Today marks the one-year anniversary of the Arsenic Life Affair. On December 2, 2010, NASA-funded scientists announced that they had discovered a microbe in Mono Lake that broke the rules of biology. They claimed it could build DNA from arsenic rather than phosophorus. It was a sensational claim, and it was greeted by a spectacular backlash.
Alan Boyle takes a close look at arsenic life on its first birthday over at MSNBC. Other scientists have yet to report whether they can replicate the results or not (the bet of many experts is on not). Meanwhile, other researchers are studying its biology, sequencing its genome, and otherwise investigating it as they would any new microbe. It seems as if the arsenic life affair is morphing into regular science. Which may be about as good of an ending as one could hope.
The year has been an intriguing one for me as a journalist–I’ve found writing about arsenic life as both science and the sociology of science to be very satisfying. Here’s a round-up of my main pieces:
1.Of Arsenic and Aliens, The Loom, 12/2/10
This was the first post I wrote, on the day of the announcement, explaining why arsenic life would be a big deal if it were true.
2. “This Paper Should Not Have Been Published,” Slate, 12/5/10
Over the next couple days, I encountered deep doubts among experts. I summarized their objections in a piece for Slate.
3. Of Arsenic and Aliens: What the Critics Said, The Loom, 12/8/10
I could not delve into the full details of the objections in my Slate piece, but I wanted to make sure readers could see that the critics were not shooting from the hip. So I posted their complete responses on my blog.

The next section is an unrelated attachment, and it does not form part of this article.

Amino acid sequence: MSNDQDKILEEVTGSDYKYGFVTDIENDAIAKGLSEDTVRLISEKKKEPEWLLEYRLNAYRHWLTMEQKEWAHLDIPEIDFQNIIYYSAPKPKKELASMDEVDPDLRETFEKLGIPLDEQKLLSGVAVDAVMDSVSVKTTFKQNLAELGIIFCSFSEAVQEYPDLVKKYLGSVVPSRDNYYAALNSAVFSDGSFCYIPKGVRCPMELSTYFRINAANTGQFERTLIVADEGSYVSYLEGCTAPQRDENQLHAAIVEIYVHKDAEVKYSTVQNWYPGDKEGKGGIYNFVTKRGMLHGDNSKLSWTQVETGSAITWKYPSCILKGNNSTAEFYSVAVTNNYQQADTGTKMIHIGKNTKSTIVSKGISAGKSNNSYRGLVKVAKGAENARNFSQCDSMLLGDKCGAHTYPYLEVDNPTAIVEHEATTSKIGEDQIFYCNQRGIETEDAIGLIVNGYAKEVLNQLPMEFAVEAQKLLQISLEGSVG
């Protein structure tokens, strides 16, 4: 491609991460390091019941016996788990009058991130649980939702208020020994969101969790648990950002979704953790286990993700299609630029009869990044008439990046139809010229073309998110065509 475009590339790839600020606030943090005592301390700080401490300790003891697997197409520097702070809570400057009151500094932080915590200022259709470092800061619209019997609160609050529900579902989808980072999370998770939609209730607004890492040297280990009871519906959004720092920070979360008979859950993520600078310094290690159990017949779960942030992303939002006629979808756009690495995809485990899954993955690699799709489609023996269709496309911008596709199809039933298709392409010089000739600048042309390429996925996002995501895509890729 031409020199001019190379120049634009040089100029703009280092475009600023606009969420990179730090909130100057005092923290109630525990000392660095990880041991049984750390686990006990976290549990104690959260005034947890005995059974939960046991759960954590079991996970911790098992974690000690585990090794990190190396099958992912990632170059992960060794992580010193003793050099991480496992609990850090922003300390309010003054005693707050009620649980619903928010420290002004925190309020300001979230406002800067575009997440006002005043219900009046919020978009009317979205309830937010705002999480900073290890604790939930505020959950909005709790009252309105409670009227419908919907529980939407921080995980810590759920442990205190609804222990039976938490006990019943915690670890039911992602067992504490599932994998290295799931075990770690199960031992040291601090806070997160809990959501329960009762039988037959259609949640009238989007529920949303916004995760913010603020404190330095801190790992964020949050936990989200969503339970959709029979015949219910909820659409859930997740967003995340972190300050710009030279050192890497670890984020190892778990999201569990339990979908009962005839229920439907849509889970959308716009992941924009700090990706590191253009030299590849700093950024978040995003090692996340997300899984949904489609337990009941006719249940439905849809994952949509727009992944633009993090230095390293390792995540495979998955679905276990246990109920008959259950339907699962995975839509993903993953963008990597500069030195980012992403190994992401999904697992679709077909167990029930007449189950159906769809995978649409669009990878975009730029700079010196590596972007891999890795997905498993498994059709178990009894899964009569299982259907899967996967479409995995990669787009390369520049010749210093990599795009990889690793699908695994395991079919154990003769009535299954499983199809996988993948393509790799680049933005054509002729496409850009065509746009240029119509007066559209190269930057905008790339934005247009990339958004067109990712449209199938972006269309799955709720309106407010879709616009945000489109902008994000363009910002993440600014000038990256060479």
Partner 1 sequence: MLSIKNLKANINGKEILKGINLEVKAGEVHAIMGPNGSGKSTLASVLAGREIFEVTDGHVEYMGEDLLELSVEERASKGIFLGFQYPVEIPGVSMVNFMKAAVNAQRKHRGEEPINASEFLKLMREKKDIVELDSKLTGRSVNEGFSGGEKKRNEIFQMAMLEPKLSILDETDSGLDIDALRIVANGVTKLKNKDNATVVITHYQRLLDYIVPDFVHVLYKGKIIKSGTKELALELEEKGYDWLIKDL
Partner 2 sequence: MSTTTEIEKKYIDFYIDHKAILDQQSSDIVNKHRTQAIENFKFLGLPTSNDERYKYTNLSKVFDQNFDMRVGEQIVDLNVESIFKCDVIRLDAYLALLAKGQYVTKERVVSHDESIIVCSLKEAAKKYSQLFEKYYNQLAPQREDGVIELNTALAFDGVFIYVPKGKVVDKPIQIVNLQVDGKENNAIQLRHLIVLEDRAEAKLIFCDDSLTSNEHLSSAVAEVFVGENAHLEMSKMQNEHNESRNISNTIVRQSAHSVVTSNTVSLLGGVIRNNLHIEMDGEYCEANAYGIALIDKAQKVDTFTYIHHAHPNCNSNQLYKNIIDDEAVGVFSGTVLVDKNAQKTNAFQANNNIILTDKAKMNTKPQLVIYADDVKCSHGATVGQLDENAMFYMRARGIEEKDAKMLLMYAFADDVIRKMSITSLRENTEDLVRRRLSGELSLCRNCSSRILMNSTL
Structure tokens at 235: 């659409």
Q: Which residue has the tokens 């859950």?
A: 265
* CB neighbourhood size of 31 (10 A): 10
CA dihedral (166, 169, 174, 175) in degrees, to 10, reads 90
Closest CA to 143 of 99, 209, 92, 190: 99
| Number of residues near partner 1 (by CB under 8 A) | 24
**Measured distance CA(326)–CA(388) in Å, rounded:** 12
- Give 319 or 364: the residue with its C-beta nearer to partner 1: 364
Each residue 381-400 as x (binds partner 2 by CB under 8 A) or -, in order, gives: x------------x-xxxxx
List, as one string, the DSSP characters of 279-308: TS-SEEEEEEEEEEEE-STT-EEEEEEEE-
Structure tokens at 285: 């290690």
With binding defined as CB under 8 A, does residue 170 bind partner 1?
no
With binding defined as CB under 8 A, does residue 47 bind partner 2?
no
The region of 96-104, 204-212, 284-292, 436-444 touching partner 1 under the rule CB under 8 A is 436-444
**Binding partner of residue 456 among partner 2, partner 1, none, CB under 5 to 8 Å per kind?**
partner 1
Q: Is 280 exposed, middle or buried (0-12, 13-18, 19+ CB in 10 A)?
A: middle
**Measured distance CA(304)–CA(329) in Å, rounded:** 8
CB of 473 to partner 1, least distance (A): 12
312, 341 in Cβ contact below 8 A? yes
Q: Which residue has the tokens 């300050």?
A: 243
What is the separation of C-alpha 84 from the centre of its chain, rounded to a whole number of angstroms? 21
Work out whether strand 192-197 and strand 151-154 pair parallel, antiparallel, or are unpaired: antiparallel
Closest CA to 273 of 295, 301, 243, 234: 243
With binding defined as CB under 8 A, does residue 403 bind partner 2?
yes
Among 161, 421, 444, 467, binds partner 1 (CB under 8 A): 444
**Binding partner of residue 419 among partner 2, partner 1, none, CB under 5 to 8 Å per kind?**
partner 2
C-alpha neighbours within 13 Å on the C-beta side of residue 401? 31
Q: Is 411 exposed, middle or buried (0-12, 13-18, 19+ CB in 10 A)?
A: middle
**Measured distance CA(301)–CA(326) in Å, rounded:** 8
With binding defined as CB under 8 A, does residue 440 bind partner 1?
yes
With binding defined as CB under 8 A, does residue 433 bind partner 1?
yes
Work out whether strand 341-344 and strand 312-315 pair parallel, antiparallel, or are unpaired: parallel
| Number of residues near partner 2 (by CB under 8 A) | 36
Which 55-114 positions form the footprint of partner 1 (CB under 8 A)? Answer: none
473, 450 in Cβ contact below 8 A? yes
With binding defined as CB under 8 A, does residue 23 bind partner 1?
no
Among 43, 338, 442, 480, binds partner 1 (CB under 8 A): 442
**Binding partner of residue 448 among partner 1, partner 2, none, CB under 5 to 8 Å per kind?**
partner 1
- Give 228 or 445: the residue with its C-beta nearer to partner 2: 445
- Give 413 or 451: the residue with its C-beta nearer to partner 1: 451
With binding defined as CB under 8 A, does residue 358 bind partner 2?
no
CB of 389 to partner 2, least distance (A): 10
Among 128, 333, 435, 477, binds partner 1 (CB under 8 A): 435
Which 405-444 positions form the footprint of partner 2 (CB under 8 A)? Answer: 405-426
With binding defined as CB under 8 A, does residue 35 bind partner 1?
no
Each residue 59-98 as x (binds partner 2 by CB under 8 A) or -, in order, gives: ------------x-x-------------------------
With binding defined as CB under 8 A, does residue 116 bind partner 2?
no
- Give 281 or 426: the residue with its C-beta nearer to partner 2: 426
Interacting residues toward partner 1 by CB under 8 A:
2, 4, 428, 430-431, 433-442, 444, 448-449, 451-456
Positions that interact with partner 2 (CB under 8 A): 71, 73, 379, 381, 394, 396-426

4. The Discovery of Arsenic-Based Twitter, Slate, May 27, 2011
Nearly six months after arsenic life was announced, Science finally published the paper, along with lengthy criticisms. It felt fairly anti-climatic to me; at Slate, I wrote about what I thought was the important outcome of the whole affair: an experiment in open science and post-publication peer review.
5. It’s Science, But It’s Not Necessarily Right, The New York Times, June 26, 2011
As the Arsenic Life Affair was unfolding, several other high-profile papers were also under siege. Together, they got me interested in how science progresses: how scientific ideas are tested, and how difficult it can be for the wrong ones to be “de-discovered.”
6. #ArsenicLife Goes Longform, And History Gets Squished, The Loom, 9/30/2011
The first big feature on arsenic life appeared in Popular Science. I warned that a folk tale about everything being the fault of those pesky bloggers was taking root. (Soon after, the author, Tom Clynes, sent a long message to me, which I posted on the blog.)
Along with Boyle’s piece, you can also plunge into Bora Zivkovic’s epic link round-up for more reading.